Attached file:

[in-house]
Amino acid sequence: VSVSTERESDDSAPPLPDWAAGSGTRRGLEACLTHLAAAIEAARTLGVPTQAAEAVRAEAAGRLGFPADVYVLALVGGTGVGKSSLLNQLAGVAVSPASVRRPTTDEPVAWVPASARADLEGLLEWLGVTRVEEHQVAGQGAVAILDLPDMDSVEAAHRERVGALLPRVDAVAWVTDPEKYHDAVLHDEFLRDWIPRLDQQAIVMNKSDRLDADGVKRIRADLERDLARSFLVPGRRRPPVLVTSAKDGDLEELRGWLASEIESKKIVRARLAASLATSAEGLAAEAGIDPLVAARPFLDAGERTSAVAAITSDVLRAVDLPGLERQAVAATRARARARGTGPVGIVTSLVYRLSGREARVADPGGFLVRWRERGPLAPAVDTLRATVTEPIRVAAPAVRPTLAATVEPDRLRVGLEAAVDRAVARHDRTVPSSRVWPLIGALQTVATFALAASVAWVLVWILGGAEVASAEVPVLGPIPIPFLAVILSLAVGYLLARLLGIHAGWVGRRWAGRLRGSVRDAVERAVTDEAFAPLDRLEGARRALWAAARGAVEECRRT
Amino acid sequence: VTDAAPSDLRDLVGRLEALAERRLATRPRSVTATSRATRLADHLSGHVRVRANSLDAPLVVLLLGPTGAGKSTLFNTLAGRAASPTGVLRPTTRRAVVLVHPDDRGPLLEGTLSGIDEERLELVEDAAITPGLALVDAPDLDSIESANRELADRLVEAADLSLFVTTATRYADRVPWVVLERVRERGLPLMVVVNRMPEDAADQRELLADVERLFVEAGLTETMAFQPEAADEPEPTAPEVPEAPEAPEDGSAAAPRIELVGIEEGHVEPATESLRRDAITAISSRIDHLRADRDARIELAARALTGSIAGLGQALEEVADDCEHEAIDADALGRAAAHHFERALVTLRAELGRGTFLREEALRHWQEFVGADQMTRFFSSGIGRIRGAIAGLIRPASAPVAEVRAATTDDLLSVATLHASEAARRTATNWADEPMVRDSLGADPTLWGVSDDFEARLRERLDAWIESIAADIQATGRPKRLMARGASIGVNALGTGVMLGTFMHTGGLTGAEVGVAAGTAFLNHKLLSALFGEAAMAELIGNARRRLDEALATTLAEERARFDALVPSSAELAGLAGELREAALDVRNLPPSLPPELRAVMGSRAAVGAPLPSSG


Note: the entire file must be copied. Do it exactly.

[in-house]
Amino acid sequence: VSVSTERESDDSAPPLPDWAAGSGTRRGLEACLTHLAAAIEAARTLGVPTQAAEAVRAEAAGRLGFPADVYVLALVGGTGVGKSSLLNQLAGVAVSPASVRRPTTDEPVAWVPASARADLEGLLEWLGVTRVEEHQVAGQGAVAILDLPDMDSVEAAHRERVGALLPRVDAVAWVTDPEKYHDAVLHDEFLRDWIPRLDQQAIVMNKSDRLDADGVKRIRADLERDLARSFLVPGRRRPPVLVTSAKDGDLEELRGWLASEIESKKIVRARLAASLATSAEGLAAEAGIDPLVAARPFLDAGERTSAVAAITSDVLRAVDLPGLERQAVAATRARARARGTGPVGIVTSLVYRLSGREARVADPGGFLVRWRERGPLAPAVDTLRATVTEPIRVAAPAVRPTLAATVEPDRLRVGLEAAVDRAVARHDRTVPSSRVWPLIGALQTVATFALAASVAWVLVWILGGAEVASAEVPVLGPIPIPFLAVILSLAVGYLLARLLGIHAGWVGRRWAGRLRGSVRDAVERAVTDEAFAPLDRLEGARRALWAAARGAVEECRRT
Amino acid sequence: VTDAAPSDLRDLVGRLEALAERRLATRPRSVTATSRATRLADHLSGHVRVRANSLDAPLVVLLLGPTGAGKSTLFNTLAGRAASPTGVLRPTTRRAVVLVHPDDRGPLLEGTLSGIDEERLELVEDAAITPGLALVDAPDLDSIESANRELADRLVEAADLSLFVTTATRYADRVPWVVLERVRERGLPLMVVVNRMPEDAADQRELLADVERLFVEAGLTETMAFQPEAADEPEPTAPEVPEAPEAPEDGSAAAPRIELVGIEEGHVEPATESLRRDAITAISSRIDHLRADRDARIELAARALTGSIAGLGQALEEVADDCEHEAIDADALGRAAAHHFERALVTLRAELGRGTFLREEALRHWQEFVGADQMTRFFSSGIGRIRGAIAGLIRPASAPVAEVRAATTDDLLSVATLHASEAARRTATNWADEPMVRDSLGADPTLWGVSDDFEARLRERLDAWIESIAADIQATGRPKRLMARGASIGVNALGTGVMLGTFMHTGGLTGAEVGVAAGTAFLNHKLLSALFGEAAMAELIGNARRRLDEALATTLAEERARFDALVPSSAELAGLAGELREAALDVRNLPPSLPPELRAVMGSRAAVGAPLPSSG